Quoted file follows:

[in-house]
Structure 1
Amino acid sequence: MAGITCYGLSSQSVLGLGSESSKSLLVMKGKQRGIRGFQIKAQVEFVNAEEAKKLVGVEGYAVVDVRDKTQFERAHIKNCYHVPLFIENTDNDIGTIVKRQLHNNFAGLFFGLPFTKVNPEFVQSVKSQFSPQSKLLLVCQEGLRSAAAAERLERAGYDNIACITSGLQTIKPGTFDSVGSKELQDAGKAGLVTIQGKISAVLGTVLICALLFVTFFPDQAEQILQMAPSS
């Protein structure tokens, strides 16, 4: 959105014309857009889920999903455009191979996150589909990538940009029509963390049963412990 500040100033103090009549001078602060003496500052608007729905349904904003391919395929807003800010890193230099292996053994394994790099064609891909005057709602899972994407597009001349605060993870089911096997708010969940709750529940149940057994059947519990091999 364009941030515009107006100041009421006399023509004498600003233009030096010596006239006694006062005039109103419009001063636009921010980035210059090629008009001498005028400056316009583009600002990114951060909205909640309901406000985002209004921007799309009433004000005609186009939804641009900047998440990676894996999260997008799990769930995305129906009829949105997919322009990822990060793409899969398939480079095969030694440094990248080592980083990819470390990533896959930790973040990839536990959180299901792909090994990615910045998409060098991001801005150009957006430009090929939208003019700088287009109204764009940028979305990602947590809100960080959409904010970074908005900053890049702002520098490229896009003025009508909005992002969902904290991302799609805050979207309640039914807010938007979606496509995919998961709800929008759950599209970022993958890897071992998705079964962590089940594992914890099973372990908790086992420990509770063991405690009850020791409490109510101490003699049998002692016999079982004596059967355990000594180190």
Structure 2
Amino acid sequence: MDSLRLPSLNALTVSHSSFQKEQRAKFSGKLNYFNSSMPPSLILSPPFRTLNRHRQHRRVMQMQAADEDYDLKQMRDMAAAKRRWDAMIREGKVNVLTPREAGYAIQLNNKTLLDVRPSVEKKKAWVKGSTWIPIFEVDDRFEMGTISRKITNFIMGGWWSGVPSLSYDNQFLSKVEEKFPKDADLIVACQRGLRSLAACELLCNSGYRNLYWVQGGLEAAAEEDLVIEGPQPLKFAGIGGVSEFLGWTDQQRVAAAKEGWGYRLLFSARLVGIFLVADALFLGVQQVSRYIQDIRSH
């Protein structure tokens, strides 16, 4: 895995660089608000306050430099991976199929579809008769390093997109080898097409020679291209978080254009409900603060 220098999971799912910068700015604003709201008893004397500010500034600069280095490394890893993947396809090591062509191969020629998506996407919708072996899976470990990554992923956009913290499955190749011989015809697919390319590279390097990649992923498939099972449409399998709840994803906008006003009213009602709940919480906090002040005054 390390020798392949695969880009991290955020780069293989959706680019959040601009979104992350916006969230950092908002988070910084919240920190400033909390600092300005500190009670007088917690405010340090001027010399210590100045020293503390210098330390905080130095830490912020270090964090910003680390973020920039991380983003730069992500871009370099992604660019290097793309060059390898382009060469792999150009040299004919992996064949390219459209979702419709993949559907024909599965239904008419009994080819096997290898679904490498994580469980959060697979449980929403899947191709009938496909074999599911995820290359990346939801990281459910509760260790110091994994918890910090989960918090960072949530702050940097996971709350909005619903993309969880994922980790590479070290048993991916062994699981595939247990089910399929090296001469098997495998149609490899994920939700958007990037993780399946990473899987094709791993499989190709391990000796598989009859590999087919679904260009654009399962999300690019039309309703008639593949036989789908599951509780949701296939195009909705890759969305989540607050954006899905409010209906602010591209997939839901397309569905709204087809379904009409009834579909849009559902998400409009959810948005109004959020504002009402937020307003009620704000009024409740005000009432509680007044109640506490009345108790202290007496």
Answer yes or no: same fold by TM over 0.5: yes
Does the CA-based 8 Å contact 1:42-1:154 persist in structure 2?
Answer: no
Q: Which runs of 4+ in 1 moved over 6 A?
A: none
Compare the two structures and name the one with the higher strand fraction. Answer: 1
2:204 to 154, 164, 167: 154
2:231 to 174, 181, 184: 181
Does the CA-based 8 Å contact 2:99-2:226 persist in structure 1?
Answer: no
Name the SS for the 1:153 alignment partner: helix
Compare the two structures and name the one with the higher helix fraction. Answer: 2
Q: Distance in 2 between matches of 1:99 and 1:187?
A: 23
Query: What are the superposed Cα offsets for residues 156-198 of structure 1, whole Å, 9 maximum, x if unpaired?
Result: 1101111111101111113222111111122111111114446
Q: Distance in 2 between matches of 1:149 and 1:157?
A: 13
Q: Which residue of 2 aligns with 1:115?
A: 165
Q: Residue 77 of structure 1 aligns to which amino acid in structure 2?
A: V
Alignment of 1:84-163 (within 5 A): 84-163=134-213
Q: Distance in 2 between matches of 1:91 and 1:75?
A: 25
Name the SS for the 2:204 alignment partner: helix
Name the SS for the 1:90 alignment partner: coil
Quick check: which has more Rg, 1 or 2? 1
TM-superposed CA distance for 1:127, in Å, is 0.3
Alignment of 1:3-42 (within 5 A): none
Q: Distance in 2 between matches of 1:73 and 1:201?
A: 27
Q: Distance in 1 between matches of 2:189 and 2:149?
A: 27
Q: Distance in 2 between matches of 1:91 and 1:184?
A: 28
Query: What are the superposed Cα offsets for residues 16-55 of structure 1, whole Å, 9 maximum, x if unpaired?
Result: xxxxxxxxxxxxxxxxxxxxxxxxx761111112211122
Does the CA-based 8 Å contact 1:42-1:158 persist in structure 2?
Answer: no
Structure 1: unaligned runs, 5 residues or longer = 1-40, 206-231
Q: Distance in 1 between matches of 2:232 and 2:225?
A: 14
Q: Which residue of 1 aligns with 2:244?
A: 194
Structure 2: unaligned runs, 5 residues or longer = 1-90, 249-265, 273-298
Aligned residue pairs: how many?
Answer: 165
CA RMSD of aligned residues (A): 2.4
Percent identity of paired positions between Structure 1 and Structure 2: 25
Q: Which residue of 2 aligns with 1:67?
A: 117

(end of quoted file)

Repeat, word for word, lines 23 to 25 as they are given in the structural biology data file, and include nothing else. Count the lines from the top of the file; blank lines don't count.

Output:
Result: 1101111111101111113222111111122111111114446
Q: Distance in 2 between matches of 1:149 and 1:157?
A: 13